Ruinart announces new ‘second skin’ eco-packaging

Champagne Ruinart has announced new eco-packaging across its range that is plastic-free, 100% recyclable and nine-times lighter than before.

In development for two years and due to be unveiled this June before being rolled out towards the end of the year, the new packaging is made from wood fibres and acts as a ‘second skin’ around the bottle – with the texture of the white paper also mimicking the house’s crayères, chalk cellars, in Reims.

Ultra light and totally recyclable, Ruinart said in a statement that it would allow for a 60% reduction in the packaging’s carbon footprint and the materials were sourced entirely from sustainably managed European forests.

Frédéric Dufour, president of Maison Ruinart, said: “With this second skin case Maison Ruinart confirms its pioneering role in Champagne, and its ambition in terms of social and environmental responsibility.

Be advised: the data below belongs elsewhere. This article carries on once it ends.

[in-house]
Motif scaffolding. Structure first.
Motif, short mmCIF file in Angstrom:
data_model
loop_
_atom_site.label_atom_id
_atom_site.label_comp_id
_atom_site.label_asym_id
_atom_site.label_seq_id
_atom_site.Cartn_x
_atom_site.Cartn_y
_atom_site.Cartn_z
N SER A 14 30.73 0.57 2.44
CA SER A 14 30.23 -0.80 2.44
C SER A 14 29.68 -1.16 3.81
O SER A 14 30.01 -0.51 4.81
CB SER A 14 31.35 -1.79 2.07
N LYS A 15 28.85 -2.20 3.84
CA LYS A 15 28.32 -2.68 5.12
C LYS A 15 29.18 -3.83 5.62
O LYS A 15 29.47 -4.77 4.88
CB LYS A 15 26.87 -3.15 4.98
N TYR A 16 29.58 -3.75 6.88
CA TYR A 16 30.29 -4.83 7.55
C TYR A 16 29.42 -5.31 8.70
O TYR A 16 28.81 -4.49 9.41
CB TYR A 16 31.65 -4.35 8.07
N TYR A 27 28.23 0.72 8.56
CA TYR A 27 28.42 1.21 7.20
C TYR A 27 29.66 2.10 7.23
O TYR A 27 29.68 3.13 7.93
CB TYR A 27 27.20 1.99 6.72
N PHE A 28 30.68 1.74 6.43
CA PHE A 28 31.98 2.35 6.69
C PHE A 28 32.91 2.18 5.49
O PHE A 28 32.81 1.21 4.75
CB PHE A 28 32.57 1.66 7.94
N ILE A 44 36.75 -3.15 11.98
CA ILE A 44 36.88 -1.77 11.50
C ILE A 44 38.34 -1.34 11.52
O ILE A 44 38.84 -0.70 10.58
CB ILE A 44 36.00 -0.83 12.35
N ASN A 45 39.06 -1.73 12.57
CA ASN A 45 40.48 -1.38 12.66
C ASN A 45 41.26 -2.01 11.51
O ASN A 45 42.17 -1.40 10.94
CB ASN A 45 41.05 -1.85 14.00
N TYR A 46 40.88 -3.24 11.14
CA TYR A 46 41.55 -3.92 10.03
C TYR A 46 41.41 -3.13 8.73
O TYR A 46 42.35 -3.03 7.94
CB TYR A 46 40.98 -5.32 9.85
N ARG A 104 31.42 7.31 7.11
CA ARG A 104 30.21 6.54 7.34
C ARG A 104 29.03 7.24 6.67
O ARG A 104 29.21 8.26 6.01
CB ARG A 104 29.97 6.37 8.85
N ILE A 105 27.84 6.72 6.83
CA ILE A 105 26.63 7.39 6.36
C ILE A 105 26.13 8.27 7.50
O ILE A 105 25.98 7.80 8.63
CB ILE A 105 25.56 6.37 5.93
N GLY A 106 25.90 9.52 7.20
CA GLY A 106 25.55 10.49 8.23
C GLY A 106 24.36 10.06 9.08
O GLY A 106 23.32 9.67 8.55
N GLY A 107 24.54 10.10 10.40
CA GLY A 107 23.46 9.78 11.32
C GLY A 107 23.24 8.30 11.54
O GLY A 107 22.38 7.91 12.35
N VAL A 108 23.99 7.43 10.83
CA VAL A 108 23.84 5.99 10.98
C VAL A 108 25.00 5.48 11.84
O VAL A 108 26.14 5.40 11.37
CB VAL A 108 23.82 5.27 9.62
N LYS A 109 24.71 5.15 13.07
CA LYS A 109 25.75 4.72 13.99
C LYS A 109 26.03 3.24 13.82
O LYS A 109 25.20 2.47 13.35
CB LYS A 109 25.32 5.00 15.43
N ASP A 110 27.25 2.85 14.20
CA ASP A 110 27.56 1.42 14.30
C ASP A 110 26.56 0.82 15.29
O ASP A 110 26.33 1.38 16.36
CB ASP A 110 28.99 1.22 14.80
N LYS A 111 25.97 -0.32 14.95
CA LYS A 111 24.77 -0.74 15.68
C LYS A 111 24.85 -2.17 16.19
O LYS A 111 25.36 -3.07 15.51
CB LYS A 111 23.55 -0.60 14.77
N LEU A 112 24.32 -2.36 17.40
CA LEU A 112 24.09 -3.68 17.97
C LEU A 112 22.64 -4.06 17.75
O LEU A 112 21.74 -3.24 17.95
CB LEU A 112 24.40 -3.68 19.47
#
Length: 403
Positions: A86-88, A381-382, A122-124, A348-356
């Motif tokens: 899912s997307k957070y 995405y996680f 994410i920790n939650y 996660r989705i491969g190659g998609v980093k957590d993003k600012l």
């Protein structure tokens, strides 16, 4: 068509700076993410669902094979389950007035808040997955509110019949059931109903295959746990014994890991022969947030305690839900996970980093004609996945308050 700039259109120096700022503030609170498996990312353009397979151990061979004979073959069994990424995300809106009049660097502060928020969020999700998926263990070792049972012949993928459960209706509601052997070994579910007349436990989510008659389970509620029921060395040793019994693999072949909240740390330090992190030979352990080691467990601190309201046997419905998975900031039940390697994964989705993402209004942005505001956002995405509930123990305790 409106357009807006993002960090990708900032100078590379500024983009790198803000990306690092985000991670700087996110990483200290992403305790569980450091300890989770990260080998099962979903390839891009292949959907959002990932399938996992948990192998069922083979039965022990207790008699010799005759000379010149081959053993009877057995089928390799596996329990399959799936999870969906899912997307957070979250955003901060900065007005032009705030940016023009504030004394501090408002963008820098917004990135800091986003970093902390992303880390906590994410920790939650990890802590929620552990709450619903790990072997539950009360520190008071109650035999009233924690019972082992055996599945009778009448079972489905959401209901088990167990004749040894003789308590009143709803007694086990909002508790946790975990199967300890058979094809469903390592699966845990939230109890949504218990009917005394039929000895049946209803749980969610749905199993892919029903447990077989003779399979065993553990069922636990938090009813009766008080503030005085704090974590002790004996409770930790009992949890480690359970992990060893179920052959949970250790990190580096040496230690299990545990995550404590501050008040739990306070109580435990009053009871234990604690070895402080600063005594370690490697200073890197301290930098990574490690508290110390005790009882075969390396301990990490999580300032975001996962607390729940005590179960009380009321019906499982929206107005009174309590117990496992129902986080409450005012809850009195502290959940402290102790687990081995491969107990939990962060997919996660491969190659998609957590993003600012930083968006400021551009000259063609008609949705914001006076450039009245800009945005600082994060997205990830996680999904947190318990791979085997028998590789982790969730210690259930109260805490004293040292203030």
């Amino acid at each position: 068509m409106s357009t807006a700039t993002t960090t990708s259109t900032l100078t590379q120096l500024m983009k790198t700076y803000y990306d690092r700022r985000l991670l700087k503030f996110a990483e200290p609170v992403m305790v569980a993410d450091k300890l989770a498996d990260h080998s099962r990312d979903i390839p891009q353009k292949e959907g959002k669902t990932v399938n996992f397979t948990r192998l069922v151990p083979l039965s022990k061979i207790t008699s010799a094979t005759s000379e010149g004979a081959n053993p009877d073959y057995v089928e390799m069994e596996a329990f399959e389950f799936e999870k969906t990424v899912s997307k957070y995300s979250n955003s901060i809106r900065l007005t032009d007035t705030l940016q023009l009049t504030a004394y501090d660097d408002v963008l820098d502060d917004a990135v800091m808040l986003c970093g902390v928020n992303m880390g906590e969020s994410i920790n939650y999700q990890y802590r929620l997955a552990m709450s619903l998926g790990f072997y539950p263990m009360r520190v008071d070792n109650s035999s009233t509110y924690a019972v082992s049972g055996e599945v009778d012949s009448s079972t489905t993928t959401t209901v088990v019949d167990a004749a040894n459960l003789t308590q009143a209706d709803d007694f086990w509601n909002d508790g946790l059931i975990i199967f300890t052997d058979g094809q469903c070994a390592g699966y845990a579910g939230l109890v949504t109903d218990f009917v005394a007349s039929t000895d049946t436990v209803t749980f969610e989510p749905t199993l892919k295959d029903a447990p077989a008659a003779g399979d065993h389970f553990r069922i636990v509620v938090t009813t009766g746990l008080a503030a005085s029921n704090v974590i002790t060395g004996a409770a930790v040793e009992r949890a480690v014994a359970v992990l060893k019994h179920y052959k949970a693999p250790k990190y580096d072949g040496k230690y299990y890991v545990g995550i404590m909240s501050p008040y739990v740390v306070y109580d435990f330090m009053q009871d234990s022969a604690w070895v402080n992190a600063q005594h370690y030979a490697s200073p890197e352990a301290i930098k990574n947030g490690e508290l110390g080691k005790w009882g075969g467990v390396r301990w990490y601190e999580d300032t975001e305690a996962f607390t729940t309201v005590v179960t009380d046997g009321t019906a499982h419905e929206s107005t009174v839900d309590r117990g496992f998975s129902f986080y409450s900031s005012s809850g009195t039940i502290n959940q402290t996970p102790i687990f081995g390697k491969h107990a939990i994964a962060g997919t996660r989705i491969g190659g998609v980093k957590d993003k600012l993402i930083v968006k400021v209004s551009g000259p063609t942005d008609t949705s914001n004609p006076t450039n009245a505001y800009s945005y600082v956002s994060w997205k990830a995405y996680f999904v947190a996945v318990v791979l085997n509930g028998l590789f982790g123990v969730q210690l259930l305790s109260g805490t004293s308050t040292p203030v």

“This disruptive project embodies the Maison’s firm commitment to more sustainable development for its packaging across all stages of the development and marketing of our products, from the tending of the vine to the consumer experience.”

It’s not the first time a Champagne from the Moët Hennessy stable has tried out eco-friendly packaging.

In 2015 Veuve Clicquot launched a biodegradable box, partially made with grape waste, which was inspired by an earlier limited edition gift packaging concept back in 2013 – very similar to the new Ruinart packaging – made from potato starch and recycled paper.

Last week Moët Hennessy also announced all its vineyards would be ‘herbicide-free’ by the end of the year.

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